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Nike cowering to Karens shows how AWFL America has become

By Matthew Delaney

Editor’s note: The opinions expressed here are those of the authors. View more opinion on ScoonTV.

Sometimes the smallest, most random things put the bigger picture into perspective. 

While perusing Nike’s website for Christmas gift ideas, I came across their clothing line for NBA star Kyrie Irving. I didn’t like what I saw and I found the description of this apparel line a bit weird. 

“Graphics symbolize Kyrie’s journey through life” was the text alongside hoodies, tees and sweatpants that were seemingly next to Illuminati pyramids and the like. To be honest, I thought the clothing sucked. Kyrie had already said the same about how the newest shoes in his line looked. 

And yet, that wasn’t really the point. 

A brand that has long been known for celebrating controversial athletes in ad campaigns – John McEnroe, Charles Barkley, Tiger Woods, Kobe Bryant, and most recently, Colin Kaepernick – passed on the opportunity to promote Irving for his own “controversial,” unvaccinated stance. 

Maybe that’s because some of Kyrie’s sillier beliefs (the earth is flat and dinosaurs aren’t real come to mind) make him an easy target for the nerdy bullies who run our society. Maybe it’s because Nike wouldn’t want its own vaccine mandate for employees to come under a hypocritical light if they started a campaign for Irving.  

Let me spare you the deep thought, because it’s simpler than that: Nike didn’t want to piss off the moms who are their big consumers and purse-holders for the teen demographic they target. 

At the same time, they didn’t want to alienate their significant black American (and likely, unvaccinated) clientele who are the only ones who’d look at the Irving-brand hoodies and shoes and read the description. 

If Nike promoted Irving the same way it did other controversial athletes, it’d risk losing the dollars of moms and teens. The company that can’t be bothered to stop using slave labor in China made damn sure it didn’t step on Karen’s toes this holiday season.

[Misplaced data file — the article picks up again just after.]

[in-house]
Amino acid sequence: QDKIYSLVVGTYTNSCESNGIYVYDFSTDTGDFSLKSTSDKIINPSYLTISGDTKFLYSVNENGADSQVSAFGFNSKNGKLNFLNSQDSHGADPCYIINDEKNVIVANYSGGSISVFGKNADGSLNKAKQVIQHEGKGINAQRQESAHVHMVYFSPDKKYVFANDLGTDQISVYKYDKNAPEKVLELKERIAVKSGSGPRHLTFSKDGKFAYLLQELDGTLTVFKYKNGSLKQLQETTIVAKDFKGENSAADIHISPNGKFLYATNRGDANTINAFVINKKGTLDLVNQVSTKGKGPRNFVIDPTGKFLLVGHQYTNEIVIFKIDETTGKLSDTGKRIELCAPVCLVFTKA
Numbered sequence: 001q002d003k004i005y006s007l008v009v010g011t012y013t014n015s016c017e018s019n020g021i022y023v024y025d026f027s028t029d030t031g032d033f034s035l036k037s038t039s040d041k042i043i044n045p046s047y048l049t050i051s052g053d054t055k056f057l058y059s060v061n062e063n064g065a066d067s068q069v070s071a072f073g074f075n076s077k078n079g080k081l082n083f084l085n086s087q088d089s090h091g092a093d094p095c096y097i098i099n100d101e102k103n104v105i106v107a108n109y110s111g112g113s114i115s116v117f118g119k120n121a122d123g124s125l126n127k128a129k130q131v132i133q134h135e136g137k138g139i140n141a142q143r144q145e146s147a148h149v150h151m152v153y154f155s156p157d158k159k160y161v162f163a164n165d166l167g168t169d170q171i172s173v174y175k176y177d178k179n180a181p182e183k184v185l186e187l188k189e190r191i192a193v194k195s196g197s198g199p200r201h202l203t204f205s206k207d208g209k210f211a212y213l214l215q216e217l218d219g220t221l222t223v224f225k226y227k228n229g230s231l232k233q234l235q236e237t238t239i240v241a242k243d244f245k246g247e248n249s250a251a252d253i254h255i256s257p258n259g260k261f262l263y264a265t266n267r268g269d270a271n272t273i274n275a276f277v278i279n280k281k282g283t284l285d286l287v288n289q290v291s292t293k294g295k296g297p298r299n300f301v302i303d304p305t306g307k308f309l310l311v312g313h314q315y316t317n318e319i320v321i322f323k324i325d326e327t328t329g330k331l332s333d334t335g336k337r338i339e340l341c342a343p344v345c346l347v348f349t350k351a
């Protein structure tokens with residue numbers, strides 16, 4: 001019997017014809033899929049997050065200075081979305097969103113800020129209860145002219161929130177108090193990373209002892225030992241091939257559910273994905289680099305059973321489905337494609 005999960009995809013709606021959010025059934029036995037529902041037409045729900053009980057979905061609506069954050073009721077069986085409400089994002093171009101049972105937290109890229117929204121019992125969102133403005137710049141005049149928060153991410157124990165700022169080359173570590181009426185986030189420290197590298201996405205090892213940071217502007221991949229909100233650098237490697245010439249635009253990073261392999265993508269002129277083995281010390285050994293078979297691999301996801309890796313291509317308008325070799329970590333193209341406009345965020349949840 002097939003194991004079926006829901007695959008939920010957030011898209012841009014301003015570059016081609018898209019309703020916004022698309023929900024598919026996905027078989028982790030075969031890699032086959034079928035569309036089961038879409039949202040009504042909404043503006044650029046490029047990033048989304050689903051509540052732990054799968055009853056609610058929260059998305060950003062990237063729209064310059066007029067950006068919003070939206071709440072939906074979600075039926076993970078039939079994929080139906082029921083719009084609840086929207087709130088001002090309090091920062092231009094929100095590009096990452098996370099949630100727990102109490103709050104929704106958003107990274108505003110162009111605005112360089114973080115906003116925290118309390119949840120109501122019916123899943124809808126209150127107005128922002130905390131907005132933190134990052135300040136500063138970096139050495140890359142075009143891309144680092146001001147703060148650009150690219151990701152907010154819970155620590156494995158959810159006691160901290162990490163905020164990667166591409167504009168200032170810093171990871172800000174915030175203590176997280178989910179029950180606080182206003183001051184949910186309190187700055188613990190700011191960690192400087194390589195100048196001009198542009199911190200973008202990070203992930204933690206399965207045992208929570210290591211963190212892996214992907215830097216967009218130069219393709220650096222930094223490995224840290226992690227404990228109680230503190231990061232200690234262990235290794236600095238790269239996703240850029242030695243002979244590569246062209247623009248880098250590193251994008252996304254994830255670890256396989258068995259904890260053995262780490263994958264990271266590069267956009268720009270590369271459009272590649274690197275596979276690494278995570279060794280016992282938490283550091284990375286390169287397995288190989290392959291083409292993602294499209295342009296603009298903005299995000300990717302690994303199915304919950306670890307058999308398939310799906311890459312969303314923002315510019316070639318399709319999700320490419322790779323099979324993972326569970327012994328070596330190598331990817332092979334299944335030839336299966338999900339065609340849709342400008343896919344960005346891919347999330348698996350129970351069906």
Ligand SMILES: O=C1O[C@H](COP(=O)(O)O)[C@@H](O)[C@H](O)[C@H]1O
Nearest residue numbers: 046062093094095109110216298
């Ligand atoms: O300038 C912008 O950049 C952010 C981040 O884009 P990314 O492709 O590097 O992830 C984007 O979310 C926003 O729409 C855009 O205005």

There’s actually a better (and funnier) term for Karens that’s emerged online: AWFLs, or Affluent White Female Liberals. 

The sentiments of AWFLs have been our society’s weathervane for, at least, the last decade. 

Guess who wanted gun control measures implemented after Sandy Hook, and then again after Parkland? And who drove the MeToo Movement and its witch hunt for “male predation?” 

They may not always follow the liberal/Democratic party line. They could just be suburban white women who set the tone for our times. 

Who was most responsible for electing Donald Trump, and then Joe Biden four years later? And who had enough of their kids being called racist oppressors for the past year and voted for anti-Critical Race Theory candidates? 

Suburban white women are the most powerful voting and consumer bloc in this nation. Shit, they may be the most powerful force on this entire planet right now if you consider how Covid-19 is approached by governments. 

Every new variant is treated with a histrionic panic. It prompts mask mandates, vaccine requirements, and shame as the primary enforcement method. 

It can feel as if there’s this composite Helicopter Mom ruling over the lives of people living in New York and San Francisco and my city of D.C.. Like those moms, they are driven by an irrational aversion to any kind of risk. Of course, their need to avoid risk is really a need to control, because without that control they have no sense of themselves or their purpose. 

As a guy, it’s embarrassing to go down this road of thought. We – yes, we – let it get to this point. We’ve told ourselves we don’t need to honor our instinct to protect and provide. We’ve tacitly acknowledged that going for something we really want, and having to accept that we might fail in getting it, is the one feeling we must not embrace. 

When that’s the case, it’s no wonder we’ve run into the eager arms of AWFL Helicopter Moms that give us a cubicle “office” and encourage us to be terrified of catching a cold. If we have no appetite for risk in our own lives, how can we expect the powers that be to trust us to manage them? 

It’s our role as men to take the lumps of charting a better path forward. An itch for heroism is one that never goes away, but only if we’re being honest with ourselves. That doesn’t mean we’re all made to be world-changing figures with statues dedicated to us. It simply means showing courage when you know it’s demanded of you.  

If you can’t do that, then you shouldn’t stand in the way of men like Kyrie who are legitimately sacrificing something on their own journey. That journey is one of the many atoning for the misery we’ve all come to accept as the “new normal.” Or else welcome the smothering arms of our anointed Karens because you know they don’t like letting go.

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Matthew Delaney


Matthew Delaney is a local journalist based in Washington, D.C. When he’s not questioning why he joined the media, he’s doing his part to restore some of its credibility with quality work

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